After reviewing more than 64,000 ballots in all 67 of Florida's counties, USA Today, the Miami Herald and its parent company, Knight Ridder, said that Bush's 537-vote margin of victory over Democrat Al Gore would have increased to 1,665 votes under the counting standards advocated by Gore.
"In the end, I think we probably confirmed that President Bush should have been president of the United States," said Mark Seibel, the Herald's managing editor. "I think that it was worthwhile because so many people had questions about how the ballots had been handled and how the process had worked."
The study is the first comprehensive review of the "undervote" ballots that were at the center of Florida's disputed presidential election.
The undervotes were ballots on which voting machines did not record a vote.
Bush and Gore were informed Tuesday of the new study's results. Both declined comment. White House spokesman Ari Fleischer said: "The president believes, just as the American people do, that this election was settled months ago. The voters spoke, and George W. Bush won."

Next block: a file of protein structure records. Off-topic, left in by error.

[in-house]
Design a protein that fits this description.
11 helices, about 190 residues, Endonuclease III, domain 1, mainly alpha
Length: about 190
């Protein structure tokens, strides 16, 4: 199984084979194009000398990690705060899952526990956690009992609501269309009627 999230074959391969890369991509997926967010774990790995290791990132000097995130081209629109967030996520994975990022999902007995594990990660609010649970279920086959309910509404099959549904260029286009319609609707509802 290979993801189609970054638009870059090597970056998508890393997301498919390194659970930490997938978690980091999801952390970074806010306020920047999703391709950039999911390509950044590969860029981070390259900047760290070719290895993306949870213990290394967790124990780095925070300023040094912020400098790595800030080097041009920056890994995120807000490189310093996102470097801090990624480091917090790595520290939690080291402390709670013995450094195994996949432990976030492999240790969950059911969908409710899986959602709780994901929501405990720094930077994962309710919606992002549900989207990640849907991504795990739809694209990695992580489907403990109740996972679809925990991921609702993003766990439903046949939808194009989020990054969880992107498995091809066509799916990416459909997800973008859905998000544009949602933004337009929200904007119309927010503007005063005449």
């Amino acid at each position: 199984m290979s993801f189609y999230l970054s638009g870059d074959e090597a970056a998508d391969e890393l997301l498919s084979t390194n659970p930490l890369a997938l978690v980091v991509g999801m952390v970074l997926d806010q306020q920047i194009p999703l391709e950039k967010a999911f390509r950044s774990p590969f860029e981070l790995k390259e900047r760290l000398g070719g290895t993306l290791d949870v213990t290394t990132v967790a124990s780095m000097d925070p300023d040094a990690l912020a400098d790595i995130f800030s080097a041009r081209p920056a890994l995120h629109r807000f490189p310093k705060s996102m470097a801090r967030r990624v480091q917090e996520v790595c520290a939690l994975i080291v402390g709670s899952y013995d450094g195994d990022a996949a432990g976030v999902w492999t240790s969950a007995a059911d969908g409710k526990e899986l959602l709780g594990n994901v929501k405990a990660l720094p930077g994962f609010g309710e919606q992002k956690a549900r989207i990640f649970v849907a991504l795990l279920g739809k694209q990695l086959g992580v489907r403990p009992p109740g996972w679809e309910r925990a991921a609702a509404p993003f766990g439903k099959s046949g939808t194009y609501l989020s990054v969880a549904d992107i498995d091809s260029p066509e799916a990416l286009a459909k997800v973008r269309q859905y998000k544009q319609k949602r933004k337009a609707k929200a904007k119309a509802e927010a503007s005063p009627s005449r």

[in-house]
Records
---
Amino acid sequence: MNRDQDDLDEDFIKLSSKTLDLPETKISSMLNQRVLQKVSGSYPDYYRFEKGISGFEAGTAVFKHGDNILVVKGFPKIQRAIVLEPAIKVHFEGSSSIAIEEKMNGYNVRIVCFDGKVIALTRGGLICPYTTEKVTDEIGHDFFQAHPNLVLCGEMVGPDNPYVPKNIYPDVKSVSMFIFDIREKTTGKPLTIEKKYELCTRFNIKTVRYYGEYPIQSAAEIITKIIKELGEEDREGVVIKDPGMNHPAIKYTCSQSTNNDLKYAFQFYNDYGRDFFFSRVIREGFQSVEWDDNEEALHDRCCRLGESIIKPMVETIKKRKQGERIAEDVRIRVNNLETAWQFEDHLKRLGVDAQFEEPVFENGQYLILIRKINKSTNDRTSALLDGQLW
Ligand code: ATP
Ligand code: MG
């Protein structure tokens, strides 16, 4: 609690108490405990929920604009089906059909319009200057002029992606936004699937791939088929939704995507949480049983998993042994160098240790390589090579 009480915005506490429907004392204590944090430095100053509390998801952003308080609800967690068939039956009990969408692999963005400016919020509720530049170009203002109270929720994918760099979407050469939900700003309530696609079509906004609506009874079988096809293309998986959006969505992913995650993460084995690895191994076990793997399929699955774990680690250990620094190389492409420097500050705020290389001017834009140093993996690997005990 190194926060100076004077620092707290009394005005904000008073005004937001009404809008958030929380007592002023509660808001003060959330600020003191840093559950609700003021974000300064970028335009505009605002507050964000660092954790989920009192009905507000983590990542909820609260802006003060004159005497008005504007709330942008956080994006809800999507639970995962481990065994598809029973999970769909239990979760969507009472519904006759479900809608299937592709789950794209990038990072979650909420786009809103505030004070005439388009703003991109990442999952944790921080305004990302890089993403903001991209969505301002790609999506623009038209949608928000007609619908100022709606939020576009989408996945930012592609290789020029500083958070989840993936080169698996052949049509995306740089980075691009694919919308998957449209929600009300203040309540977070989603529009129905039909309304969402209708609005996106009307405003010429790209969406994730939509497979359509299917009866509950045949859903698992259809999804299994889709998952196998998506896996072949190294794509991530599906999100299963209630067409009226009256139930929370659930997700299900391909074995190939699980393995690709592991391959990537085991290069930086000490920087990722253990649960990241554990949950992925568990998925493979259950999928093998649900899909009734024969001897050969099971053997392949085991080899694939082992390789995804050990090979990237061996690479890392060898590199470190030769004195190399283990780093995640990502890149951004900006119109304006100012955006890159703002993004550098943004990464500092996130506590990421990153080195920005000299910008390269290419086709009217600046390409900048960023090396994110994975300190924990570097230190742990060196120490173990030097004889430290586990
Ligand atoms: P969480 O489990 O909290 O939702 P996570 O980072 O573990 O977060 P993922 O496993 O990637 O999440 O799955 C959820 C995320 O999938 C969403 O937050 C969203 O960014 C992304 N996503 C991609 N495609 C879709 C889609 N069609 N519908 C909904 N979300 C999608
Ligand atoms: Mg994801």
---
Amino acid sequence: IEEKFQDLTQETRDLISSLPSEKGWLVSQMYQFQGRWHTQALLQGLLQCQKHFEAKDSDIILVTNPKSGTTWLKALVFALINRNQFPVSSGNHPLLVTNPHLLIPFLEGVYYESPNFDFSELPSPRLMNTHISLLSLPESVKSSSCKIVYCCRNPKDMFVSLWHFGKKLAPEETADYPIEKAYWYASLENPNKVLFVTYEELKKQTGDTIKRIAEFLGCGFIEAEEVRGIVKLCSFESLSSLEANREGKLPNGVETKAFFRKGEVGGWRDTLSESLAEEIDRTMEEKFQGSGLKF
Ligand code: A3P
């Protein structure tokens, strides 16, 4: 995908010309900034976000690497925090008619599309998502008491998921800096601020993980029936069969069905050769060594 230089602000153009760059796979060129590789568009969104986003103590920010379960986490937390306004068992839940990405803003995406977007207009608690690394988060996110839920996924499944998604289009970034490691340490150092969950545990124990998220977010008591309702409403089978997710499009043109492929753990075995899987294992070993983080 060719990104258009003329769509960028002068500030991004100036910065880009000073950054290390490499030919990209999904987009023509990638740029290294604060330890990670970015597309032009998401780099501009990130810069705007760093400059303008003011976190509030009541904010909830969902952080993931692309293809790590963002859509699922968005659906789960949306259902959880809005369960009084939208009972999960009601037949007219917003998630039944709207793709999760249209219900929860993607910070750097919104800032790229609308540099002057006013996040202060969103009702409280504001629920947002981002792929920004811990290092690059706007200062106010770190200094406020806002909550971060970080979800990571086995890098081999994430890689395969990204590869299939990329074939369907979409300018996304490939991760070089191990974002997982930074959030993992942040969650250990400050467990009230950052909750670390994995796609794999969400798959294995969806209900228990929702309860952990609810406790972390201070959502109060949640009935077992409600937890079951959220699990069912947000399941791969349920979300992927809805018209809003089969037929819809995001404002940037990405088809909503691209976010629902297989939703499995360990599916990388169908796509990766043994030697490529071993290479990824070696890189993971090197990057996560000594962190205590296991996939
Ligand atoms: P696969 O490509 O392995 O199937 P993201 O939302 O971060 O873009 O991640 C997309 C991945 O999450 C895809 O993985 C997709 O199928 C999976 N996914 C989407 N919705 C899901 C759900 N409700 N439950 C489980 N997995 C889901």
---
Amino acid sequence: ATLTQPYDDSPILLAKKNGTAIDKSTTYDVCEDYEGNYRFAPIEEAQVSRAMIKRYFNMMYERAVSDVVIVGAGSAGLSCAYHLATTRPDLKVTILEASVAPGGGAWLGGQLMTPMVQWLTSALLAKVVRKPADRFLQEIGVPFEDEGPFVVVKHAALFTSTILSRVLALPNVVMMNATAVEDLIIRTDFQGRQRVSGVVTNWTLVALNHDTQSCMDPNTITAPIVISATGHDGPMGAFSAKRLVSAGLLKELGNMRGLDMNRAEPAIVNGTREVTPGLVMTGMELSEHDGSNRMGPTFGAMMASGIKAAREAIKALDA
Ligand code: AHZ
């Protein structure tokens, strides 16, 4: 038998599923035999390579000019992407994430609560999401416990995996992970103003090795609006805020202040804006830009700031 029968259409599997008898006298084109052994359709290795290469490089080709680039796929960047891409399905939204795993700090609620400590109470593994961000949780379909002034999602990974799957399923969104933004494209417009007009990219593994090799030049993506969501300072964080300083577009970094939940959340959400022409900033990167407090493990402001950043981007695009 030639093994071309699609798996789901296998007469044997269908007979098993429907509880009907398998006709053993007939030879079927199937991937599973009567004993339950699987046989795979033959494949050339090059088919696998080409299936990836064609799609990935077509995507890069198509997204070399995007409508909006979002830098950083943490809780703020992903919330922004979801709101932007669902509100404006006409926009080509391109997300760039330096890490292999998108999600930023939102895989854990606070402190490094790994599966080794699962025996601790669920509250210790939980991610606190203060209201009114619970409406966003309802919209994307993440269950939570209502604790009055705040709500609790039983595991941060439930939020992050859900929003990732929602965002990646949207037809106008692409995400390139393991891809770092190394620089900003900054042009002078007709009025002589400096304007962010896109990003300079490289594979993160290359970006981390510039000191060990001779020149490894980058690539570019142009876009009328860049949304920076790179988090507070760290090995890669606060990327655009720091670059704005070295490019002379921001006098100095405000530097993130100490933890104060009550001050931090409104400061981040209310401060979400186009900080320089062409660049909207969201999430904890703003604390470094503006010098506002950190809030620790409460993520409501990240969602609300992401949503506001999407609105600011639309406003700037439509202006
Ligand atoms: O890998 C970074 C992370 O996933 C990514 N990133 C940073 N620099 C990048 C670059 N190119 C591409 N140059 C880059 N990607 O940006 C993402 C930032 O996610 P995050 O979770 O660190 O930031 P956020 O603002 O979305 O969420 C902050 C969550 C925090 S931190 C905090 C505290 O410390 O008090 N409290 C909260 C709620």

The Herald, though, also said that canvassing boards in Palm Beach and Broward counties threw out hundreds of ballots that had marks that were no different from ballots deemed to be valid. The paper claimed that Gore would be in the White House today had those ballots been counted.
Bob Poe, chairman of Florida's Democratic Party, said the Herald's review showed that many official tallies were incomplete and inaccurate.
"My feeling is still that more people went to the polls to vote for Al Gore than went to vote for George W. Bush, and that some really bad things happened,'' Poe told The Miami Herald. "This tells us that the system has some major flaws that need to be improved. We cannot continue to have this kind of ambiguity in an election.''
USA Today's analysis focused exclusively on what might have happened if the recount had been allowed to continue.
USA Today, the Miami Herald and Knight Ridder newspapers hired the national accounting firm BDO Seidman to examine undervote ballots in Florida's 67 counties. The accountants provided a report on what they found on each of the ballots.
The Democrat-dominated Florida Supreme Court ordered Dec. 8 that each of these ballots, which registered no presidential vote when run through counting machines, be examined by hand to determine whether a voter's "intent" could be discerned – even on ballots that were not legal votes. On Dec. 9, the U.S. Supreme Court stopped the hand count before it was completed. That gave Bush Florida's 25 electoral votes, one more than he needed to win the presidency.
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